As VMware says goodbye, leadership thinks Broadcom buy is a win

Exec chuffed regulators accepted perhaps-overstated lame duck argument

"You write what you need to win."

That's what I was told during VMware's Explore conference last week by a very senior Virtzilla executive who was directly involved in efforts to have UK regulators approve Broadcom's acquisition of the virtualization giant. Among the tactics deployed to win approval was an extraordinary document that argued VMware is failing to execute its multi-cloud vision, customers aren't buying it, and only Broadcom's tender care can ensure Virtzilla thrives and survives to present an alternative to hyperscale cloud operators.

Implicit in "You write what you need to win" was a belief that the acquisition is a good thing – it means the tactic increased the likelihood the deal will be done. At Explore I also heard execs enthuse about what Broadcom's investment will mean for VMware and its customers.

If "You write what you need to win" was therefore a negotiating tactic – and not post-approval bluster – it should be a relief to VMware's staff, partners, and customers, because it means the virtualization pioneer is in good shape.

But all remain nervous. VMware staff expect the acuisition will lead to job cuts and therefore imagine a ruined Christmas after Broadcom takes the reins in late October. Partners have reason to be optimistic – Broadcom has repeatedly assured them of their important role in its strategy – but of late the semiconductor manufacturer has mentioned global system integrators as the vanguard of its plans. Small channel orgs have mixed feeling about the world-girdling services giants: sometimes they nimbly evade them, and sometimes they're outmatched.

I understand consultancies who advise on VMware have not heard the end of queries from customers who feel they need to hedge against Broadcom bringing unpleasant change.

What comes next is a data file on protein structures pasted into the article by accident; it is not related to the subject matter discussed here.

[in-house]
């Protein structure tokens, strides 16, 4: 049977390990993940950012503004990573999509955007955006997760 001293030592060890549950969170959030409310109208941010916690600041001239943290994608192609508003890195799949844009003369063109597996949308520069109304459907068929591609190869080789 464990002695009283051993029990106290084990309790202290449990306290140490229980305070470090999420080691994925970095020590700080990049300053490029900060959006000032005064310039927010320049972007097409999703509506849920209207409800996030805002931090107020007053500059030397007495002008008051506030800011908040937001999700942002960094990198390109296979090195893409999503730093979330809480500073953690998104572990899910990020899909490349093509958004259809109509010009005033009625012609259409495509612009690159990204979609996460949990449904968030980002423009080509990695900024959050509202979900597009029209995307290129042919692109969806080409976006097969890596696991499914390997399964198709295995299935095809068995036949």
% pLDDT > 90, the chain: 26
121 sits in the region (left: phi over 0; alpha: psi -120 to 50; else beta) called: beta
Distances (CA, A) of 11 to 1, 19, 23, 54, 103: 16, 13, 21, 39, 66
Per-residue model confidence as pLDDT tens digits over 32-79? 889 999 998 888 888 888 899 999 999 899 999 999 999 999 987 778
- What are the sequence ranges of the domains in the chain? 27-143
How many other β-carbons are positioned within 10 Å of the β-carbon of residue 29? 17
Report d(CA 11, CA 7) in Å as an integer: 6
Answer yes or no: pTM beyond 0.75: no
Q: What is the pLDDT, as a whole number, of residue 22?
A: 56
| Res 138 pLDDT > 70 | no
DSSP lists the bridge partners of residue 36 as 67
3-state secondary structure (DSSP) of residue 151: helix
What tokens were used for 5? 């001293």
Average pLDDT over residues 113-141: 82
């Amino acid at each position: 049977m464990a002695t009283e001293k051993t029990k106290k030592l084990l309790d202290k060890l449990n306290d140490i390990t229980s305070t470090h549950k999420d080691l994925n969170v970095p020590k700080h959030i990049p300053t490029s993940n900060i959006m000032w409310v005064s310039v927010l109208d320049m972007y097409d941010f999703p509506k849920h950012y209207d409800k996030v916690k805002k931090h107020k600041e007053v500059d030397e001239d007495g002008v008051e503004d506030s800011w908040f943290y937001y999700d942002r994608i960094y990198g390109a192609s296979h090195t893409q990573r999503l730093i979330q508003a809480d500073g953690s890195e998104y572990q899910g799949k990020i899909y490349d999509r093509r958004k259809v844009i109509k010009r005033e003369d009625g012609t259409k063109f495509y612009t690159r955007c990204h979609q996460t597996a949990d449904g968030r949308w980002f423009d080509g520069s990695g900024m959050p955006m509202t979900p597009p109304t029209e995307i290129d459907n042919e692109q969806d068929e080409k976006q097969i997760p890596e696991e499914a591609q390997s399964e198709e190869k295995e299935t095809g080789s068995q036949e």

It's not hard to see why so many are fearful, for two reasons.

One is that Broadcom has a history of shrinking back office and sales operations – even beyond the sensible consolidations that come with acquisitions. While it has promised investment at VMware, it has also promised swift and substantial profit boosts. Those seldom come without cuts that impact individuals, or the customer experience, or both. And it's not hard to find VMware customers who already grumble about service and support.

Another reason for trepidation is that VMware has spent the last few years claiming to be the company users can rely on to tame the complexities of multicloud operations – writing what it takes to win – but has not fully delivered.

At this year's VMware Explore it took a decent step towards multicloud mastery with the debut of the Edge Cloud Orchestrator – an entirely new cut of the VMware stack that can run on very modest processors. It flips management paradigms by arranging updates of edge infrastructure when conditions on the edge make it possible and sensible to ask for them, rather than directing changes from the datacenter core.

That's a big change – but also an admission VMware wasn't really up to the job before.

A similar change came to VMware's Tanzu portfolio – a sprawling collection spanning a Kubernetes distribution, automation tools, infrastructure-as-code tools, plus networking for microservices. Tanzu has gained an "application engine" and "intelligent services" that bring more automation, plus functions like observability, so the portfolio can be used across more of the development lifecycle.

Again, that's welcome. But again, VMware's spiel for the last few years has been that Tanzu is a fine way to get cloud native software running at scale, then manage its operations.

I mentioned to execs that VMware's new crop of code is delivering on promises the biz has previously said it had fulfilled. They told me that building software can be a bit like painting a bridge: by the time you finish the job, the end you started at already needs a fresh coat.

That's a fair observation. But from people who write what they need to win, also one that's hard to accept.

VMware will today announce probably its last ever quarterly results as an independent listed company. I've previously argued the virtualization pioneer should be celebrated for carving out a viable niche and defending it very well for an extended period.

That niche will soon be Broadcom's to defend. And writing what it needs to win won't defend it.

Just like VMware wasn't ultimately able to win its bid to stand alone – status that it won just 21 months ago, after finalizing its divorce from Dell. At the time it said independence would create "flexibility to partner even more deeply with all cloud and on-premises infrastructure companies to create a better foundation that drives results for our customers."

And writing that didn't translate into a win. ®

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